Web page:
No. 3: Some children who show very odd characteristics of communication like talking too much or talking about totally unrelated things are said to be showing symptoms of mild autism.

No. 4: In some cases, the individual displays immense interest right up to the minute details of non-trivial things or topics. For example, the individual may be able to name and count each and every part that goes into the making of a vacuum cleaner. Mild Autism Children

No. 5: Children ailing from mild autism may find it extremely difficult in maintaining eye-to-eye contact with others for long.

No. 6: If your child shows very strange characteristics like severe mood swings at an early age or lack of consideration for others, he/she may be suffering from mild form of autism

No. 7: Another common characteristic of children exhibiting symptoms is that they very often keep repeating lines from a certain book, movie or previous conversation.

No. 8: The kid may also display serious problems in figuring out another individuals body language and show very poor motor skills. It is normally observed that children with symptoms of mild autism are regularly teased and pulled up by their friends and relatives.

Parents should take care that kids with such type of special condition are dealt with utmost care. If neglected, all such teasing and ignorance can lead to child becoming seriously autistic. Don’t let your child suffer anymore! Lead your child out of his world through Mild Autism Children program now!

Mild Autism Children is a proven Autism Solution for your Child.

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Early Sign Of Autism In Infants – Autism Symptoms in Infants and Toddlers

Early Sign Of Autism In Infants

Autism is a multifaceted brain disorder the present influences a lot of parts in a simple progress, that includes his social, motor and communication skills. The good shock is, there are many slow but sure studies which seek to understand autism. Experts say that early detection and treatment of autism is vital. Early Sign Of Autism In Infants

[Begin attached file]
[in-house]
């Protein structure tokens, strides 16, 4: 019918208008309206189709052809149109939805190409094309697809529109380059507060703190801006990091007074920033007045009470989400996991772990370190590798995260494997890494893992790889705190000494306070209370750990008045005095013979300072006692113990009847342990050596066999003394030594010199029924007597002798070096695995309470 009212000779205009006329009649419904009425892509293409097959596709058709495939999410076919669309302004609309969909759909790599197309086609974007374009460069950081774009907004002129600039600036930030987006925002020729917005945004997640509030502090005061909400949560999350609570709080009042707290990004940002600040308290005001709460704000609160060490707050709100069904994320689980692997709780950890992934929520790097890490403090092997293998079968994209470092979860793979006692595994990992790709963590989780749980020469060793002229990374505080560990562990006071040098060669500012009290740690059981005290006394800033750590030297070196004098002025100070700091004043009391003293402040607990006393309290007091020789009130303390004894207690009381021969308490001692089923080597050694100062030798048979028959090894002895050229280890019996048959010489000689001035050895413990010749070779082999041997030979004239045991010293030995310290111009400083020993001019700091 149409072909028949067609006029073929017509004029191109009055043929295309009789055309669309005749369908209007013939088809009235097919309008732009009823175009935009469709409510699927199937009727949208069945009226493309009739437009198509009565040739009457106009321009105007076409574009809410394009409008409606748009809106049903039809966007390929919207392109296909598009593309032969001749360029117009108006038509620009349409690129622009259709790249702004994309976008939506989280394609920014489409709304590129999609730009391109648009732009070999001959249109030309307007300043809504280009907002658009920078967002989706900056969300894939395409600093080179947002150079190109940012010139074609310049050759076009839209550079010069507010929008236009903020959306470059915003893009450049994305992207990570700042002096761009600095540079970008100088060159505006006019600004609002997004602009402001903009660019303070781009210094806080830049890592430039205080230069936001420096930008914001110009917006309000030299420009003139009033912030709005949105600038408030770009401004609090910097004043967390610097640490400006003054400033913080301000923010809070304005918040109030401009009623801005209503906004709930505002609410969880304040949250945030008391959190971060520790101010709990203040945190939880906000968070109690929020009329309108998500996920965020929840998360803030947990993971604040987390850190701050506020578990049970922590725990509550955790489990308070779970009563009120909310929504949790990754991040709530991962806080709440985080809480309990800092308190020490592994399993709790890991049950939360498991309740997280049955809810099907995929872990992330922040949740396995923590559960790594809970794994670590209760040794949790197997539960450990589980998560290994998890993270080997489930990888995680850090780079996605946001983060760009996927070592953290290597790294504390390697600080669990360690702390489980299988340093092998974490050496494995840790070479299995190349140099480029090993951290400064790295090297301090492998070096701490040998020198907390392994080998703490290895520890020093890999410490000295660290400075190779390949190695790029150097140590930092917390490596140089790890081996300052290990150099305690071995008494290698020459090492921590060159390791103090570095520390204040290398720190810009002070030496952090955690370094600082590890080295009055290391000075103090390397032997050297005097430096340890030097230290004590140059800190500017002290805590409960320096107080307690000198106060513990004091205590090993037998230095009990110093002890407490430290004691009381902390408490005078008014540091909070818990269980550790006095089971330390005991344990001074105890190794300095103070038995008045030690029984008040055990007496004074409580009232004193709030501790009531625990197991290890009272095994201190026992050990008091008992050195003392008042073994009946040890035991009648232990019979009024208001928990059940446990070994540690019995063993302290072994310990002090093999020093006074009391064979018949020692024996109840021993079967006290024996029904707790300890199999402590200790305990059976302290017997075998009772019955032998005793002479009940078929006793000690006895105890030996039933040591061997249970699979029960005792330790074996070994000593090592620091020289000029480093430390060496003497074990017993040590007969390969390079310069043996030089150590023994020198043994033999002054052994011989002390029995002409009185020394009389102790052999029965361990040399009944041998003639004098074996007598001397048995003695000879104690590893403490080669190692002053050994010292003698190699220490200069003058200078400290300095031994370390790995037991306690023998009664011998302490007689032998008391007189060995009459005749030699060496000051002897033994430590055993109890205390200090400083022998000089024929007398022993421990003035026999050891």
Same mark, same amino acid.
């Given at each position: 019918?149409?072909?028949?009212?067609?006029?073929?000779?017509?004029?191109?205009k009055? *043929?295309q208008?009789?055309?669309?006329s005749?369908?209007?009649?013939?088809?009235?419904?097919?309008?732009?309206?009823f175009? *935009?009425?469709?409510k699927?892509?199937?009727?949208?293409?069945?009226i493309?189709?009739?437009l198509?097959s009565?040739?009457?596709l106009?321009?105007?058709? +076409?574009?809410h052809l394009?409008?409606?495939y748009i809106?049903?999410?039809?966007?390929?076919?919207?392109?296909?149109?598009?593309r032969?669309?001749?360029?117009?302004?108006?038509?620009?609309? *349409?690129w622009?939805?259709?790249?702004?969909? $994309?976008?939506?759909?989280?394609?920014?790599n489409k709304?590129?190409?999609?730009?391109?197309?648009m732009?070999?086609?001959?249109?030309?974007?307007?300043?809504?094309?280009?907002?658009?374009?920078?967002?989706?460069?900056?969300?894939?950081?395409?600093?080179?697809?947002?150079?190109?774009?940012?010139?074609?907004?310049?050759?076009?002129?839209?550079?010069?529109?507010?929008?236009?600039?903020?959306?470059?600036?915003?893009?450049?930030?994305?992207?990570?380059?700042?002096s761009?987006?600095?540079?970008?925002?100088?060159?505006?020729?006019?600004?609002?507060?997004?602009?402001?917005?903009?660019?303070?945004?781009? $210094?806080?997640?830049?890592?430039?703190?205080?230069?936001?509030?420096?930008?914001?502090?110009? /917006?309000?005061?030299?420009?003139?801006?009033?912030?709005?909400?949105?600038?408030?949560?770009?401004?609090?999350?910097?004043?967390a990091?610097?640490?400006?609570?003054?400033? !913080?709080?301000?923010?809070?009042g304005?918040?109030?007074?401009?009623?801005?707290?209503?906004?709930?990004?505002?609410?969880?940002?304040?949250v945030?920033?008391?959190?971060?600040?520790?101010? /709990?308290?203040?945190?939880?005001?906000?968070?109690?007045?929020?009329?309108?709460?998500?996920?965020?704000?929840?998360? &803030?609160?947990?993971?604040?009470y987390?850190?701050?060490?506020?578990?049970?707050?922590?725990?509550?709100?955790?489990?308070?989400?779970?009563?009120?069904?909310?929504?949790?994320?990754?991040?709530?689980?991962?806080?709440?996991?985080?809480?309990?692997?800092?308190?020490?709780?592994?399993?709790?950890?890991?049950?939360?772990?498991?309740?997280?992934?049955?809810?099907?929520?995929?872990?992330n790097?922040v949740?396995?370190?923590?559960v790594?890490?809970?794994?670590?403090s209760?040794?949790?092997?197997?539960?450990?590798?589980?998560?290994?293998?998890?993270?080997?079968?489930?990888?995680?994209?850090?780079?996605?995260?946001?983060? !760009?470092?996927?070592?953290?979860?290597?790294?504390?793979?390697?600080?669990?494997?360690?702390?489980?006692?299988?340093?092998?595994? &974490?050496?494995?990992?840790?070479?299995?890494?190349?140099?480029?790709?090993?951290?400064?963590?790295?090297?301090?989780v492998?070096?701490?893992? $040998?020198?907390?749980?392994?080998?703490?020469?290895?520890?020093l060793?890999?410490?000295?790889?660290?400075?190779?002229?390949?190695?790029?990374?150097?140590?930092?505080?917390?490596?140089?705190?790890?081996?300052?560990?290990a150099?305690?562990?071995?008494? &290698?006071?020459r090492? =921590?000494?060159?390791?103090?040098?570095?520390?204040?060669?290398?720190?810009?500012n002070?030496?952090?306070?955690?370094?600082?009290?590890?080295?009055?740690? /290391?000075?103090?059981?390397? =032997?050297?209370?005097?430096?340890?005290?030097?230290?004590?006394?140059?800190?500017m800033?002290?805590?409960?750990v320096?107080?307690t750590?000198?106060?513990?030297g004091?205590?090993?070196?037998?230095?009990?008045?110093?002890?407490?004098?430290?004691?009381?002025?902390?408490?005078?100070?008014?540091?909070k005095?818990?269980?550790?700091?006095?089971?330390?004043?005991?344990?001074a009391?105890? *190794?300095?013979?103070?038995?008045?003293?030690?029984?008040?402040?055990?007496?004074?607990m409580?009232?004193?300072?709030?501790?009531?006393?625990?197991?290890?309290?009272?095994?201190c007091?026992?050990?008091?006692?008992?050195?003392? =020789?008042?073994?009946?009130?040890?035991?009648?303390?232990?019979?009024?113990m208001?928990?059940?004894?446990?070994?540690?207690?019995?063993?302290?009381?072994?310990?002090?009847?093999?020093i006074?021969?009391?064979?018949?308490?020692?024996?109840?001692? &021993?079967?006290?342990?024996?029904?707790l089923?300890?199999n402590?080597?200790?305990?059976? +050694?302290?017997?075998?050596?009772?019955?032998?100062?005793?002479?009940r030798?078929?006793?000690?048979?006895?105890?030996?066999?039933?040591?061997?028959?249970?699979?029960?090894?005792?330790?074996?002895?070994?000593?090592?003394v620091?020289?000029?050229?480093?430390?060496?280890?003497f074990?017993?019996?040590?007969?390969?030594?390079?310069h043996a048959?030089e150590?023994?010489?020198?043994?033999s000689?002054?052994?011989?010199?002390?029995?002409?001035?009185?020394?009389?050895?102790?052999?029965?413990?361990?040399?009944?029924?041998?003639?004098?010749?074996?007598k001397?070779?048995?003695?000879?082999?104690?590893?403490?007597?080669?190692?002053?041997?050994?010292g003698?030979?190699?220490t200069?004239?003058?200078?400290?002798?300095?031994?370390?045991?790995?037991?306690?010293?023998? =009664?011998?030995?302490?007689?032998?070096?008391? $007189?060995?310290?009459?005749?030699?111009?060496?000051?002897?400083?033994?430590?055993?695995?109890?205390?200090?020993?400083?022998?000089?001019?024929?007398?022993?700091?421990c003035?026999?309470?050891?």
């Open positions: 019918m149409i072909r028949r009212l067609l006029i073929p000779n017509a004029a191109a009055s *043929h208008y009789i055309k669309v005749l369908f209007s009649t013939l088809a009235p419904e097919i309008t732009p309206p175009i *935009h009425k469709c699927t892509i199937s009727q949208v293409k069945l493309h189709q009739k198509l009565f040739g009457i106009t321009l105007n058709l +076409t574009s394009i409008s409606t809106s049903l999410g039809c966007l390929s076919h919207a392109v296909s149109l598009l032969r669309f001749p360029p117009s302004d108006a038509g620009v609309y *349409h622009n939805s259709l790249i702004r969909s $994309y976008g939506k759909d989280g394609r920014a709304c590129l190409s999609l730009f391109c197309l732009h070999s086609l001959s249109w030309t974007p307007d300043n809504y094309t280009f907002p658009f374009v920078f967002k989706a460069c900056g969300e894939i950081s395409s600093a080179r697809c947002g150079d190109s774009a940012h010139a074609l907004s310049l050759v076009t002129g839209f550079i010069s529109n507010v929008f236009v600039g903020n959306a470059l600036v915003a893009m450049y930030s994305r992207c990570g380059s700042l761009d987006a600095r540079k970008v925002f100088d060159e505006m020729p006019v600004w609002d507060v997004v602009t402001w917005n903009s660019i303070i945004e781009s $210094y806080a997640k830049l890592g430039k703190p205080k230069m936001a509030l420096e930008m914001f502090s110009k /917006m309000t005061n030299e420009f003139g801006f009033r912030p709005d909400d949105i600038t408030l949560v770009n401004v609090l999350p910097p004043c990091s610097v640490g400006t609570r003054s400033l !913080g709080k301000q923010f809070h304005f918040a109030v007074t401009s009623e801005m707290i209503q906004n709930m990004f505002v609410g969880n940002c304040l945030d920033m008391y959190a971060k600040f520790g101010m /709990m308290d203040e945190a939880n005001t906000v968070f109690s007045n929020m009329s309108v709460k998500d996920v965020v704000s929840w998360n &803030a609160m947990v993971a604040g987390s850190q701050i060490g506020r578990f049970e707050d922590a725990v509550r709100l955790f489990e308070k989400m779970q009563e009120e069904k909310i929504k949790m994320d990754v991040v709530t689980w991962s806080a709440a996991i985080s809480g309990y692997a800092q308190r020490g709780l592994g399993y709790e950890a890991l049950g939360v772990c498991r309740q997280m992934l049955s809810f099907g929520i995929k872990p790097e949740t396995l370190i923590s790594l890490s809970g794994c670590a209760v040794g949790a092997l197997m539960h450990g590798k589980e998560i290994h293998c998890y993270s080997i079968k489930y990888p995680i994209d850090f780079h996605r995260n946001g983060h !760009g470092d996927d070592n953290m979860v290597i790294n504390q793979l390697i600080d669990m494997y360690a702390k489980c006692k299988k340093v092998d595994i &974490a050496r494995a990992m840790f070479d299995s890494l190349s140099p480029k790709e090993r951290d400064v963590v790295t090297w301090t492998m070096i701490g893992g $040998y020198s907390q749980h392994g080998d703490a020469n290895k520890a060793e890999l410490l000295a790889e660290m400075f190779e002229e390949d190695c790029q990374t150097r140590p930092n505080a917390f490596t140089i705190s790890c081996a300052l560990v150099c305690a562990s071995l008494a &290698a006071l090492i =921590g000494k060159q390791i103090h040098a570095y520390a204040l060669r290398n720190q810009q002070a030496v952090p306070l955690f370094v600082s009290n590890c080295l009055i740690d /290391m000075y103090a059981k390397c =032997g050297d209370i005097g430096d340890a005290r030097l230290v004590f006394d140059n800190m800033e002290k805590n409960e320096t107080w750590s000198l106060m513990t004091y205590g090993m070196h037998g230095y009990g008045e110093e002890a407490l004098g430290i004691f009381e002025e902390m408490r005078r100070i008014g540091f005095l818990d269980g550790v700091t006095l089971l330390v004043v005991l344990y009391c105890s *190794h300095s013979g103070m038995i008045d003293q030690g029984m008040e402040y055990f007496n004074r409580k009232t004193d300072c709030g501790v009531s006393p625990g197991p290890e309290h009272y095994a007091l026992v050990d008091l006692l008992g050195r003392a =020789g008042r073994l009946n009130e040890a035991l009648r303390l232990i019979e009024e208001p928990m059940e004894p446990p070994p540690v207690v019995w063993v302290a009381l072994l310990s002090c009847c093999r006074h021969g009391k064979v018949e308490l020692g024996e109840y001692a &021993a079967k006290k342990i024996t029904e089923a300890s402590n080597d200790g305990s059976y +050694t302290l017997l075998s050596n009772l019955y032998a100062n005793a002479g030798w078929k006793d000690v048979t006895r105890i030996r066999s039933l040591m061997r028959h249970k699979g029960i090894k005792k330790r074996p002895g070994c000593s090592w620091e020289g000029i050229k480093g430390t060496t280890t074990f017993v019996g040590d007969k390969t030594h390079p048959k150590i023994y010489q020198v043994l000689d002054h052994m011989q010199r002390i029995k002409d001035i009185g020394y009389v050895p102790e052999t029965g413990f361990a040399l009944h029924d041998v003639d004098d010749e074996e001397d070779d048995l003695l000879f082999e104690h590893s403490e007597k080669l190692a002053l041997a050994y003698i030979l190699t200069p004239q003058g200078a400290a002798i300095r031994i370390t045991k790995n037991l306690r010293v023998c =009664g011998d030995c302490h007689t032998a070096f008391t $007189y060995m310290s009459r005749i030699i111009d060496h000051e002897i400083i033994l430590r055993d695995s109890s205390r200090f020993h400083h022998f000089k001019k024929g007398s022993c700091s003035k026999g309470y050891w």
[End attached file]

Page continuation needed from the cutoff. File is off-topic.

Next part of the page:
There is increasing evidence overly it’s possible to detect autism in infants because the first part of intervention can make a big difference in minimizing the symptoms and any a great deal more unpleasent impact of the disorder, it is imperative for parents to comprehend autism’s signs and symptoms.

The symptoms of autism are normally noticeable by 18 to 36 months, and other mild symptoms may be apparent earlier than that; even during infancy. Therefore, parents should closely monitor or track their child’s progress. If the symptoms are identified by 12 months of age or earlier, rigorous treatment may reverse the signs.

Symptoms at the onset are easier to overlook primarily because it entails the lack of normal behaviors; and not the existence of abnormal ones. For instance, most babies with autism normally don’t reach out to get toys, or make signals to get your attention. Most parents misinterpret autism symptoms as signs of being a “good baby,” because the baby is withdrawn and is not demanding. True, a baby with those characteristics are easy to take care of, but these signs are some of the warnings that parents should be vigilant of. Early Sign Of Autism In Infants

What exactly are symptoms that parents should look out for? Here are some warning signs that you should watch for to ensure that your child is developing at a normal rate:

* One of the first signs of autism is if the baby does not look, make eye contact, or turn after hearing their name. * If the baby doesn’t smile in response.

* If the baby doesn’t mimic what you’re doing.

* If the baby doesn’t make attempts to talk (gibberish, babbling)

* If the baby is not visually attracted to things. Here are signs to watch out for toddlers:

* If the child is having difficulty communicating his needs.

* If the child suddenly stops to make attempts to talk.

* If the child has trouble developing his language skills. It’s normal for a parent to become worried once they see their child manifest these symptoms. If you have observed these signs from your infant or toddler, it’s prudent for you to make an appointment with your health provider. Early Sign Of Autism In Infants

Actually, it’s best if you’ll have your child undergo screening even though he seems to develop normally. Don’t let your child suffer anymore! Lead your child out of his world through Early Sign Of Autism In Infants program now!

Early Sign Of Autism In Infants is a proven Autism Solution for your Child.

Try The Program and change child’s life forever!